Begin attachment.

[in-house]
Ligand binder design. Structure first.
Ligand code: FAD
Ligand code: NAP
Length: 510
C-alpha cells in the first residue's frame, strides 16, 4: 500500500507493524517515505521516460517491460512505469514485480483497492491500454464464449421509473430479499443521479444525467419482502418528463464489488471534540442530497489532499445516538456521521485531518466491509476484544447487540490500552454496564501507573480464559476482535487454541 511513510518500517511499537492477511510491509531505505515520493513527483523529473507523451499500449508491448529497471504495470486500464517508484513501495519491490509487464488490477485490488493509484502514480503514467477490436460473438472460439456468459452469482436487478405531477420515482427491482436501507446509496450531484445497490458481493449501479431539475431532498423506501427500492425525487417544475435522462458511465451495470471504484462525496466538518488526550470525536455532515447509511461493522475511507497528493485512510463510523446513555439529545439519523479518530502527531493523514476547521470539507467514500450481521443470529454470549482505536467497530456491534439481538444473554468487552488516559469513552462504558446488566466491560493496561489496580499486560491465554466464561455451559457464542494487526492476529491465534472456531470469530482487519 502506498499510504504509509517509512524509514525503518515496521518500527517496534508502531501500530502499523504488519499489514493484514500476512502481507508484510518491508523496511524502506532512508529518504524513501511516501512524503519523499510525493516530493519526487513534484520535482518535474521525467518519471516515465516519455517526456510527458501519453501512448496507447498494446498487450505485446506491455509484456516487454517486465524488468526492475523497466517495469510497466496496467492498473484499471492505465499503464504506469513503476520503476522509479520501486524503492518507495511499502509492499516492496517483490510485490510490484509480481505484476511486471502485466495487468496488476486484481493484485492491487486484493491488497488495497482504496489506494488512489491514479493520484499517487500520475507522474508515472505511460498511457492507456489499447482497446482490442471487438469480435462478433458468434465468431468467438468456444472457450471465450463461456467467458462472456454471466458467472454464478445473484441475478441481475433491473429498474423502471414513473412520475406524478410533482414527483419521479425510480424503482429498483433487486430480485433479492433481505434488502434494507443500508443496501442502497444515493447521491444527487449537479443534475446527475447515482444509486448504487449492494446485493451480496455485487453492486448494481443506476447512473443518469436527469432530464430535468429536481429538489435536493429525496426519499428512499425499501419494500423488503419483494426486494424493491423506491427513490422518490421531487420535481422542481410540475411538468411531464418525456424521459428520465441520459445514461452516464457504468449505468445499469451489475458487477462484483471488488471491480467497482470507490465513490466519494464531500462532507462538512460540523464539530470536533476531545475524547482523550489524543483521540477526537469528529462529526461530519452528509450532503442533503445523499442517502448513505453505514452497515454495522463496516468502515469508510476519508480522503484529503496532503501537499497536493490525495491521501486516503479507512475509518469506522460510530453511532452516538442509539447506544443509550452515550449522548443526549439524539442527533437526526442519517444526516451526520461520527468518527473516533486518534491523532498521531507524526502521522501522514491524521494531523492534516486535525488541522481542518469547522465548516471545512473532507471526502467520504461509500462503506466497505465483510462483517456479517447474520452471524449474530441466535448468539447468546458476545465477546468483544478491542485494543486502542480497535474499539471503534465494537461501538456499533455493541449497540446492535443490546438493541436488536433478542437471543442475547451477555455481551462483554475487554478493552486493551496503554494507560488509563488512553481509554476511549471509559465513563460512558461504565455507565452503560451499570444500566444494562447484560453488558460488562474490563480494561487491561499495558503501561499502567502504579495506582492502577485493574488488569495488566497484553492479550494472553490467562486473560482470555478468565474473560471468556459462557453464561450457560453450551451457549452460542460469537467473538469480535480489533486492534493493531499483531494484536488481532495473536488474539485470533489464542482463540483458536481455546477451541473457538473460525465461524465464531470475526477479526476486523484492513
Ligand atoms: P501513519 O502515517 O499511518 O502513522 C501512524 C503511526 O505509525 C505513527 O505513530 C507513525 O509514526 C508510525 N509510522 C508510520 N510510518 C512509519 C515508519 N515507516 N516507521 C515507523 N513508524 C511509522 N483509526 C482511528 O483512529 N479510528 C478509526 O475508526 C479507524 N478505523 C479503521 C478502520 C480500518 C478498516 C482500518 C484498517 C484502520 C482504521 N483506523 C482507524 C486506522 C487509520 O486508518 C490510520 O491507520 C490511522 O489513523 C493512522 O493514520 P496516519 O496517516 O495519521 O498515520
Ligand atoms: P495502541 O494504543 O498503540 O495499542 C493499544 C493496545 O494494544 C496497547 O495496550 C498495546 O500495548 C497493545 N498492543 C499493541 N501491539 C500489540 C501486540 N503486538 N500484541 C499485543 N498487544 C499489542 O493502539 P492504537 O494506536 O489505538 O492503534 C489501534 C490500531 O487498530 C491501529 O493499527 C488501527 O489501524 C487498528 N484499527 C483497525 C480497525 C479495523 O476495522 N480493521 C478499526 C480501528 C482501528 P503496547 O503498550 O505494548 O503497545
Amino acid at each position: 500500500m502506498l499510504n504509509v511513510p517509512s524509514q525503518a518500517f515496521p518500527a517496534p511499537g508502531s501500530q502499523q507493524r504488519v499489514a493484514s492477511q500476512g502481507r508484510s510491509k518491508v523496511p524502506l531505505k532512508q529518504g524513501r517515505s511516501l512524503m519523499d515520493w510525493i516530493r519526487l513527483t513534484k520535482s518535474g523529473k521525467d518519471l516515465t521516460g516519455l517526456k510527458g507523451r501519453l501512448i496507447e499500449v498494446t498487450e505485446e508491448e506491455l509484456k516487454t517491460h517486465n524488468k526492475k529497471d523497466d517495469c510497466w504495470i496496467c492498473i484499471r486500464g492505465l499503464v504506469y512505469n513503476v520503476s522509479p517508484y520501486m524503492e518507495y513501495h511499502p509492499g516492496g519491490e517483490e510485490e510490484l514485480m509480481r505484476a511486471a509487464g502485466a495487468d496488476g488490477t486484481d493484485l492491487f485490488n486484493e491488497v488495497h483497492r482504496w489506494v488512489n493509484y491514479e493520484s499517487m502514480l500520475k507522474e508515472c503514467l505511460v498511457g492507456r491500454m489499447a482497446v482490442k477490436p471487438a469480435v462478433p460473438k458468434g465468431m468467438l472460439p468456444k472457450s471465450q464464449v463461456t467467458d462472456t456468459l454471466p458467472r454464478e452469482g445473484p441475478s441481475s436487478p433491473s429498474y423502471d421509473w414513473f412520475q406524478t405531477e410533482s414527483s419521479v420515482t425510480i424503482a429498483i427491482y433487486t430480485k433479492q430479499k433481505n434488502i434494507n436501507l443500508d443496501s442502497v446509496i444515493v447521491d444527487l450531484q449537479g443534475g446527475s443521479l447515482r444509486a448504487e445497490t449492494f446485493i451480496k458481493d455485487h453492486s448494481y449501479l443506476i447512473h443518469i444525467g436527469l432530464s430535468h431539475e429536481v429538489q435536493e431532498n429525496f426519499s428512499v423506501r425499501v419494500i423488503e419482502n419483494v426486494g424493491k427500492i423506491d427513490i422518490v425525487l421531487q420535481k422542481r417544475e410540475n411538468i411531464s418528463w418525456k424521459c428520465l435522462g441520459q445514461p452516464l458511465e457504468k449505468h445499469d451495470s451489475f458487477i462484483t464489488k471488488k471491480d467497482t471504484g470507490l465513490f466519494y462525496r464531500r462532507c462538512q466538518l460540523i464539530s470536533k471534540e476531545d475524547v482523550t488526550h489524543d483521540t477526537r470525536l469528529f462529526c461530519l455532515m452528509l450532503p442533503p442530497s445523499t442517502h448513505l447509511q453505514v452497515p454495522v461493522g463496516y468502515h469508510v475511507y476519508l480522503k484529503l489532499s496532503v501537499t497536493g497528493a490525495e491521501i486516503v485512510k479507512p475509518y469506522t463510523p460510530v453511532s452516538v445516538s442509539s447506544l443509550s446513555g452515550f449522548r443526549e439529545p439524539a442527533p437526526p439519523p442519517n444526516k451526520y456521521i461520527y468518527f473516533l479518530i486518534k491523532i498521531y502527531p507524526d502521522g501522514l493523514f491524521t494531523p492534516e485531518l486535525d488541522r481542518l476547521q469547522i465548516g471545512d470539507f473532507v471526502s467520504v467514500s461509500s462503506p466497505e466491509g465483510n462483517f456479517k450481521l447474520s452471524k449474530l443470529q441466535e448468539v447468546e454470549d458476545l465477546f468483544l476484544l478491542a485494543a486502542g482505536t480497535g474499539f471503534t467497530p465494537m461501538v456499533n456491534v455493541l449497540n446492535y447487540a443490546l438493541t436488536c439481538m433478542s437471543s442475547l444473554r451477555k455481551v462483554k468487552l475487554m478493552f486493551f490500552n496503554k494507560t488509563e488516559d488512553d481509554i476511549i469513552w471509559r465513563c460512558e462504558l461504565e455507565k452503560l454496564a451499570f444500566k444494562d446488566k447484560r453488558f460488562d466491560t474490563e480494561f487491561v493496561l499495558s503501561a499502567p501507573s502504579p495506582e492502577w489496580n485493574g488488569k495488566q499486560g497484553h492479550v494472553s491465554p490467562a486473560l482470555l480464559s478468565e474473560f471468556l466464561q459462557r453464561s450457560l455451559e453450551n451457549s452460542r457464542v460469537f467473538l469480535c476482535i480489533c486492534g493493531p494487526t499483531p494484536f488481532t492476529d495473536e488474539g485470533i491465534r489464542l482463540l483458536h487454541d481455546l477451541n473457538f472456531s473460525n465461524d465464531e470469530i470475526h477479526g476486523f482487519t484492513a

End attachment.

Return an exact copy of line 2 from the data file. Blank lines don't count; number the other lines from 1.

Ligand binder design. Structure first.